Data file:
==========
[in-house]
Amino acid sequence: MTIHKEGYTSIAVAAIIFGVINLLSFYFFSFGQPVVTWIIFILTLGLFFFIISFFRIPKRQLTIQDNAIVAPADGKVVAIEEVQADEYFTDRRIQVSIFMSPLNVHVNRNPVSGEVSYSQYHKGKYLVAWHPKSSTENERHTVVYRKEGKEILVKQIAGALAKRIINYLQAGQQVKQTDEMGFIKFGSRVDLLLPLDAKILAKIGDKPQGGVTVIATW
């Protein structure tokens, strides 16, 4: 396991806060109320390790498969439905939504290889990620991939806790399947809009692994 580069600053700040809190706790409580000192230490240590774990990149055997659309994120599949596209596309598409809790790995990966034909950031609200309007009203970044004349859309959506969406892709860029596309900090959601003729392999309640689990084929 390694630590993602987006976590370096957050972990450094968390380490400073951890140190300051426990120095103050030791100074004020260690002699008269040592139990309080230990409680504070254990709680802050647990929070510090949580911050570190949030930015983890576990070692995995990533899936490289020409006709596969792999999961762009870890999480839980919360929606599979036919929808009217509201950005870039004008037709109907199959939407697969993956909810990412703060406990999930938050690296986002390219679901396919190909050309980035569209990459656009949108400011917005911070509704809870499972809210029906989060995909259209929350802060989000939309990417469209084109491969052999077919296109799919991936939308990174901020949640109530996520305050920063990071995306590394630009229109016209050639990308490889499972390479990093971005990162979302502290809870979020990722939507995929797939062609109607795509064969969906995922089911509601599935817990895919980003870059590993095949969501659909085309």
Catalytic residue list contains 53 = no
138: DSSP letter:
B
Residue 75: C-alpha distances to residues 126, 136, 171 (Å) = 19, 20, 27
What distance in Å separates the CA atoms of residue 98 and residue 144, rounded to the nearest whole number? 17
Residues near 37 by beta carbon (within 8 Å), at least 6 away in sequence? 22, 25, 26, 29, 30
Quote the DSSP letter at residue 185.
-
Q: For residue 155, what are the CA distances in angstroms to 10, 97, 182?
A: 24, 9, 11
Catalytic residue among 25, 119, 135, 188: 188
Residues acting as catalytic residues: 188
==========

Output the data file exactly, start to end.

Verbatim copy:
[in-house]
Amino acid sequence: MTIHKEGYTSIAVAAIIFGVINLLSFYFFSFGQPVVTWIIFILTLGLFFFIISFFRIPKRQLTIQDNAIVAPADGKVVAIEEVQADEYFTDRRIQVSIFMSPLNVHVNRNPVSGEVSYSQYHKGKYLVAWHPKSSTENERHTVVYRKEGKEILVKQIAGALAKRIINYLQAGQQVKQTDEMGFIKFGSRVDLLLPLDAKILAKIGDKPQGGVTVIATW
């Protein structure tokens, strides 16, 4: 396991806060109320390790498969439905939504290889990620991939806790399947809009692994 580069600053700040809190706790409580000192230490240590774990990149055997659309994120599949596209596309598409809790790995990966034909950031609200309007009203970044004349859309959506969406892709860029596309900090959601003729392999309640689990084929 390694630590993602987006976590370096957050972990450094968390380490400073951890140190300051426990120095103050030791100074004020260690002699008269040592139990309080230990409680504070254990709680802050647990929070510090949580911050570190949030930015983890576990070692995995990533899936490289020409006709596969792999999961762009870890999480839980919360929606599979036919929808009217509201950005870039004008037709109907199959939407697969993956909810990412703060406990999930938050690296986002390219679901396919190909050309980035569209990459656009949108400011917005911070509704809870499972809210029906989060995909259209929350802060989000939309990417469209084109491969052999077919296109799919991936939308990174901020949640109530996520305050920063990071995306590394630009229109016209050639990308490889499972390479990093971005990162979302502290809870979020990722939507995929797939062609109607795509064969969906995922089911509601599935817990895919980003870059590993095949969501659909085309």
Catalytic residue list contains 53 = no
138: DSSP letter:
B
Residue 75: C-alpha distances to residues 126, 136, 171 (Å) = 19, 20, 27
What distance in Å separates the CA atoms of residue 98 and residue 144, rounded to the nearest whole number? 17
Residues near 37 by beta carbon (within 8 Å), at least 6 away in sequence? 22, 25, 26, 29, 30
Quote the DSSP letter at residue 185.
-
Q: For residue 155, what are the CA distances in angstroms to 10, 97, 182?
A: 24, 9, 11
Catalytic residue among 25, 119, 135, 188: 188
Residues acting as catalytic residues: 188